Neutral, active neutrality, non-resistance given to these emotions even in ourselves can shift the emotions and thus allow positive ones in. To me another discipline extant in the practice of Aikido.

So in my explanation I am saying the effort to control, get rid of, fight, even emotions you don't like or want is resistance and thus gives them more power. Thus we suffer by our own resistance and then as usual blame. In this case we blame the emotion and excuse ourselves saying I did it because I was angry etc. When you non-resist anothers negative emotions hands on then their emotion has nothing to fix on, to attack, to upset. Thus it dissipates and thus you help the other as well as self.

Non-active or passive neutrality now that I would say is not actually neutrality but more some kind of low emotion, a don't care attitude, a dark or cold state of being. As I said earlier an apathetic emotion.

Hope that answers without being too confusing.

Such is my view. G.
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Old 08-30-2011, 04:36 PM   #18
graham christian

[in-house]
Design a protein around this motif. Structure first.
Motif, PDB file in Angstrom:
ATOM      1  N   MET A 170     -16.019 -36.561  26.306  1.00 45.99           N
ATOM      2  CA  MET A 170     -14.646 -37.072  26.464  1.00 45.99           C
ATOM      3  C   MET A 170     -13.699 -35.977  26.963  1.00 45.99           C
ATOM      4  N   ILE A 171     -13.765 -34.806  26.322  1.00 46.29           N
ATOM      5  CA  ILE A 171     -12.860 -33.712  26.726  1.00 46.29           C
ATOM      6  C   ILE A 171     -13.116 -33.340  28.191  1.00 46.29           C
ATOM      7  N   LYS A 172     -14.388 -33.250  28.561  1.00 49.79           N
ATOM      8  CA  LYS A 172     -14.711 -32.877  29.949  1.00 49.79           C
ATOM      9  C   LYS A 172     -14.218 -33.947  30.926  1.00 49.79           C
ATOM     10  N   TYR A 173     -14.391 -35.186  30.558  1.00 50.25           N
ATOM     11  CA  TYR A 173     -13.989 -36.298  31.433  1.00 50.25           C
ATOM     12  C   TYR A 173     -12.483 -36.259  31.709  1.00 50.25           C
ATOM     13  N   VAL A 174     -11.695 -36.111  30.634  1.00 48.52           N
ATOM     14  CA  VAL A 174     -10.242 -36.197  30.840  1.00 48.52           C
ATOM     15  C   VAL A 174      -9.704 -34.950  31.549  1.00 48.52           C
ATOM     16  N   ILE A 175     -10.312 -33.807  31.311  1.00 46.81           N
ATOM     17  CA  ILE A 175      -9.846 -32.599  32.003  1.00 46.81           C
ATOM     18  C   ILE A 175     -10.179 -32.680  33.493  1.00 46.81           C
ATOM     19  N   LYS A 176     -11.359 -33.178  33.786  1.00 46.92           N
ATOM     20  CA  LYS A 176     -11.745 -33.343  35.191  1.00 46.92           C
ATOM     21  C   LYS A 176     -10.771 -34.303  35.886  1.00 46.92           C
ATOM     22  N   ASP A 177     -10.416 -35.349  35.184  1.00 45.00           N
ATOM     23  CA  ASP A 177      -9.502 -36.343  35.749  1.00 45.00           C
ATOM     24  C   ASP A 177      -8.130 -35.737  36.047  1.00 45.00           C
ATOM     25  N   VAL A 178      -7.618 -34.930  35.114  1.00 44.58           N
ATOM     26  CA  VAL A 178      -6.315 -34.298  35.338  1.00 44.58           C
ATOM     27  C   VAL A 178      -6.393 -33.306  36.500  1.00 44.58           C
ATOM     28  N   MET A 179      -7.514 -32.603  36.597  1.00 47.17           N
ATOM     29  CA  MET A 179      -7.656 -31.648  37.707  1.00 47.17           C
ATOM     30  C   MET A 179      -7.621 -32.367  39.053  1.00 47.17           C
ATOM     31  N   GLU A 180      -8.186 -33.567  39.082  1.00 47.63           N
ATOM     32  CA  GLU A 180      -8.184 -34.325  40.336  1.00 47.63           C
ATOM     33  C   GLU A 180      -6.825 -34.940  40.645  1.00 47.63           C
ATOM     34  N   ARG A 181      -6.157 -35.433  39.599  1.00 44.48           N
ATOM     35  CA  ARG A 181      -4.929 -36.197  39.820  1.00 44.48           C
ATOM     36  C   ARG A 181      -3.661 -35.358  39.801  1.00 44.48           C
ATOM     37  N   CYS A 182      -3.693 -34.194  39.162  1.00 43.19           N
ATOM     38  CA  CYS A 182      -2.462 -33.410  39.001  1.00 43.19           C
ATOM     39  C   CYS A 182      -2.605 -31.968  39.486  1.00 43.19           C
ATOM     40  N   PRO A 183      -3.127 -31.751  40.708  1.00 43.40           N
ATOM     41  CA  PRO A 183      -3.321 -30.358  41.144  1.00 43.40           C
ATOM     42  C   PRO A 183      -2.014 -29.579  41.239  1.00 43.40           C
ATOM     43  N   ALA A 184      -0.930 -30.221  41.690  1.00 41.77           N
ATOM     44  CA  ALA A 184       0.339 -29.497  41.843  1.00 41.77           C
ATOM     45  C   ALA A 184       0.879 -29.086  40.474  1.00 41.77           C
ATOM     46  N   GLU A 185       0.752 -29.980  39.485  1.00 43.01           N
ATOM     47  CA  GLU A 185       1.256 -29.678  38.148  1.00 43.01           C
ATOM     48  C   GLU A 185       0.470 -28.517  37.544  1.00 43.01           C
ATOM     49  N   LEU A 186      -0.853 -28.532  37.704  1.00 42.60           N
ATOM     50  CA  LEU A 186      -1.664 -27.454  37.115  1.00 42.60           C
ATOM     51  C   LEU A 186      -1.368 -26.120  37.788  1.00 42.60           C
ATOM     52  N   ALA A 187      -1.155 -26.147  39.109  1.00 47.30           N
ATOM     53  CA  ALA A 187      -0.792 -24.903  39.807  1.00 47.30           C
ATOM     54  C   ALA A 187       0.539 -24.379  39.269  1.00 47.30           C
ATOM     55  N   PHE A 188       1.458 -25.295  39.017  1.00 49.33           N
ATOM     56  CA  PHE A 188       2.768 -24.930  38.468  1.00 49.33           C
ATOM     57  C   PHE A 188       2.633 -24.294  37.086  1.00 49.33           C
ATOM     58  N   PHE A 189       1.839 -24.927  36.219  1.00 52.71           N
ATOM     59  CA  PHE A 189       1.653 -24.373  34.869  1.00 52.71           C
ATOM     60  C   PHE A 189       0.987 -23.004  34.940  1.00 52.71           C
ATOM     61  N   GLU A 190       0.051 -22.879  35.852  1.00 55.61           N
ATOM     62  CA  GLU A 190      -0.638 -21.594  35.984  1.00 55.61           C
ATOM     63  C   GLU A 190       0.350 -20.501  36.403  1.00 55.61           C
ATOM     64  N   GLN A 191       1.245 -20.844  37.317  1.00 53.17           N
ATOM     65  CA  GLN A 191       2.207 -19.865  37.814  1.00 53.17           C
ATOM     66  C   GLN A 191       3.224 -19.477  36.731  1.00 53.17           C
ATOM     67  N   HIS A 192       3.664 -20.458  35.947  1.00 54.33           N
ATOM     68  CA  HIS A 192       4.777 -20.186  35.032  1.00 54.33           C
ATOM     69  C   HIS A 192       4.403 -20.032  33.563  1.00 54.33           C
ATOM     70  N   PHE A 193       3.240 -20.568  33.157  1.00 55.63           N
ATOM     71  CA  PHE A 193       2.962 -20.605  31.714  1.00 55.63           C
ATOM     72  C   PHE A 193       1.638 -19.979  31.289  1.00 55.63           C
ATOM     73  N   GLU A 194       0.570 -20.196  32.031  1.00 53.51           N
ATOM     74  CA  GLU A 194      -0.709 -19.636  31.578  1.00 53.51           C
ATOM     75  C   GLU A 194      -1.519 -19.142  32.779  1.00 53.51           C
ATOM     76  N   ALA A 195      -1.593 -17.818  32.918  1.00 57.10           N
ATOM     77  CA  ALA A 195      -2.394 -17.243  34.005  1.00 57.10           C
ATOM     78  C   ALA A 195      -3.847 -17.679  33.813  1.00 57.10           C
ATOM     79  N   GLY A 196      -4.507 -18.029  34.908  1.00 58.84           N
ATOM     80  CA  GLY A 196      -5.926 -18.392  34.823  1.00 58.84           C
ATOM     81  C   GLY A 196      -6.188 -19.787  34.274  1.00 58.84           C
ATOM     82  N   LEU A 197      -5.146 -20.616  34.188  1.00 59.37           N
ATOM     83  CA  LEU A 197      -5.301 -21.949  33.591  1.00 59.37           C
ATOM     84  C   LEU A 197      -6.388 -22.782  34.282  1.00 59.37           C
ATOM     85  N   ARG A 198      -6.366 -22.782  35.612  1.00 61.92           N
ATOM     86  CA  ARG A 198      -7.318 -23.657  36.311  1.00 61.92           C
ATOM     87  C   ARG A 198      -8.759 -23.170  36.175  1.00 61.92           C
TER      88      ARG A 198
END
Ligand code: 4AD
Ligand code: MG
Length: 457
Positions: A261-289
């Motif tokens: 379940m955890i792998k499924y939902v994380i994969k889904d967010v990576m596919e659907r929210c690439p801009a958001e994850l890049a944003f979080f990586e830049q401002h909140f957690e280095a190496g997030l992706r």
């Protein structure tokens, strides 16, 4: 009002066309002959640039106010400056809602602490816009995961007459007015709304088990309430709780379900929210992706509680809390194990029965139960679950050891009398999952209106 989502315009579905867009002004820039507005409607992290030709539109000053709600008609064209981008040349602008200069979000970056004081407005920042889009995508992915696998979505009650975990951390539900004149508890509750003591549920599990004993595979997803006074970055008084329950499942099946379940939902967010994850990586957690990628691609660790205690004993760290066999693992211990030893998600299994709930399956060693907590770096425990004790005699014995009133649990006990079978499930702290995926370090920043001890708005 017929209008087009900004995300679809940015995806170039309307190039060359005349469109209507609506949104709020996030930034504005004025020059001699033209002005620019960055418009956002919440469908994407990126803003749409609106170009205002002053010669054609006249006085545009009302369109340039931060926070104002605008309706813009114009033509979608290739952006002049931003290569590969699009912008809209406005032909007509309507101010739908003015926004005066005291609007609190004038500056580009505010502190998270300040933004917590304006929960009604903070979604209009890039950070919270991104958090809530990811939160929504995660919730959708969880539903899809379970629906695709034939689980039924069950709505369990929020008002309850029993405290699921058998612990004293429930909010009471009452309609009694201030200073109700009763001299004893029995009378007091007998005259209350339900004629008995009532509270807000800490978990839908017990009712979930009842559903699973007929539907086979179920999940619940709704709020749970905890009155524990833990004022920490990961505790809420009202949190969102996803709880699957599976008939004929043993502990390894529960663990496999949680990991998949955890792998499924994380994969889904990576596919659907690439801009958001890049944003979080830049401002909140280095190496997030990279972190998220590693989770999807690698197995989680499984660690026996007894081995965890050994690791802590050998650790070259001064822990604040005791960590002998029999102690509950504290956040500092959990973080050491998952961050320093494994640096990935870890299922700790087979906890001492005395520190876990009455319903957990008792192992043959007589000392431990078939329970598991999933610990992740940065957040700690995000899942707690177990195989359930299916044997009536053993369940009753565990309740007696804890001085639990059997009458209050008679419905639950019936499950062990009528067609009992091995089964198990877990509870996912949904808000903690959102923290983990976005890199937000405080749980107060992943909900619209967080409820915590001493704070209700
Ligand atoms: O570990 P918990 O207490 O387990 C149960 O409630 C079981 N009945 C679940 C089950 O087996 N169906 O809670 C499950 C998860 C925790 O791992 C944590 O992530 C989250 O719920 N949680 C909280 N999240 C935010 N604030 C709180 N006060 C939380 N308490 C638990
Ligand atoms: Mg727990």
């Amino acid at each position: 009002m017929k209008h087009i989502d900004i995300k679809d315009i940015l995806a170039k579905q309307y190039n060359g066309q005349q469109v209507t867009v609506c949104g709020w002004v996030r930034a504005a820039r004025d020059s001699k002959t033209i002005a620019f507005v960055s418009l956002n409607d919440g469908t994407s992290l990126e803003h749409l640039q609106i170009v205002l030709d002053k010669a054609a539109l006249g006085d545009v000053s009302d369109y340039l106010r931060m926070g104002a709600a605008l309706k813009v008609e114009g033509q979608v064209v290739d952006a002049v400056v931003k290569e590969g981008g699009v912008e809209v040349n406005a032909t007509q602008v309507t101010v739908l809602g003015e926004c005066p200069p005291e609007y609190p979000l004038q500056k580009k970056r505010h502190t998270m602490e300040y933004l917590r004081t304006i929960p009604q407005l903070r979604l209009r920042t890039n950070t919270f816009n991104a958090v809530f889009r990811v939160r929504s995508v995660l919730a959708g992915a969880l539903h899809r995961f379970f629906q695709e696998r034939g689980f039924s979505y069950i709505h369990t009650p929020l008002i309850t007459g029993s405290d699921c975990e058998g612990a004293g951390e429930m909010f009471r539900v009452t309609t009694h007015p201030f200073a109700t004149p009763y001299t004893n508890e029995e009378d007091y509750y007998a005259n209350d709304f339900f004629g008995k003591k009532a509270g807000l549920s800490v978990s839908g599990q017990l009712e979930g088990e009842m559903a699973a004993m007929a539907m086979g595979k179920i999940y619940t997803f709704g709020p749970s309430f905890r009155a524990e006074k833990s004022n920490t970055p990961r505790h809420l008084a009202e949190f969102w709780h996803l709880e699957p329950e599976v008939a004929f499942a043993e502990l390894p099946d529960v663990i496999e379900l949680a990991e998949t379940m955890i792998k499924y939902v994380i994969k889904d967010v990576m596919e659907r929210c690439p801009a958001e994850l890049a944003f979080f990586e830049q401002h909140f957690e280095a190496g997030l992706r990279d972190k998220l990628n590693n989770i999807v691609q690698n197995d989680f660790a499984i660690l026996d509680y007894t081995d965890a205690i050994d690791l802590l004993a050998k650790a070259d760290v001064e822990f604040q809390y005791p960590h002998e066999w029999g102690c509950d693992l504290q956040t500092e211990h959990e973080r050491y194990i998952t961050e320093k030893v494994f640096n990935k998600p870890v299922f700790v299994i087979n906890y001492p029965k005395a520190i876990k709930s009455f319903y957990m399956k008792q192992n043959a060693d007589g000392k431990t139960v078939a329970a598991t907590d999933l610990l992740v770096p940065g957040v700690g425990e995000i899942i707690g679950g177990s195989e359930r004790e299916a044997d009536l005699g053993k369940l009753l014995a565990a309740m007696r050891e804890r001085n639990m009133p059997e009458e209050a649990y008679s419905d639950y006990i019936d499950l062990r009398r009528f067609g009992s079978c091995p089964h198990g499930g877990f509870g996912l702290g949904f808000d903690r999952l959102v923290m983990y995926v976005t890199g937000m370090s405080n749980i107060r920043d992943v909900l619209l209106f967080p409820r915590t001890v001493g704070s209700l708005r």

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Re: Neutralizing.

Quote:
Matthew Gano wrote: View Post
I really enjoyed that, Mary! Thank you.

Hi Graham,

I really like this part! I have very nearly always found that when I operate with genuine care for people, working with them ( ), I am far more successful. To my mind it's very practical and I get the sense that I'm paying more attention since I'm paying attention to more of the whole. In some cases, it seems as if a whole new set of options presents itself.
Sometimes I get the sense that if people would simply try to get along, the goal itself could make it happen. One of the most important things I learned from my experience with depression was the idea that happiness/pleasure/emotion in general operates within the realm of choice. Like everything pertaining to the body, it's a matter of conditioning the self.
Whatever you're doing at any given time, you're reinforcing an effect upon the body. People often talk about training constantly as if it's something you can choose to do. I would argue we're always training, it's just that some folks realize this more than others. This is why Aikido, I believe, can be described authentically as a way of life: it addresses this idea of self-improvement through continuous training.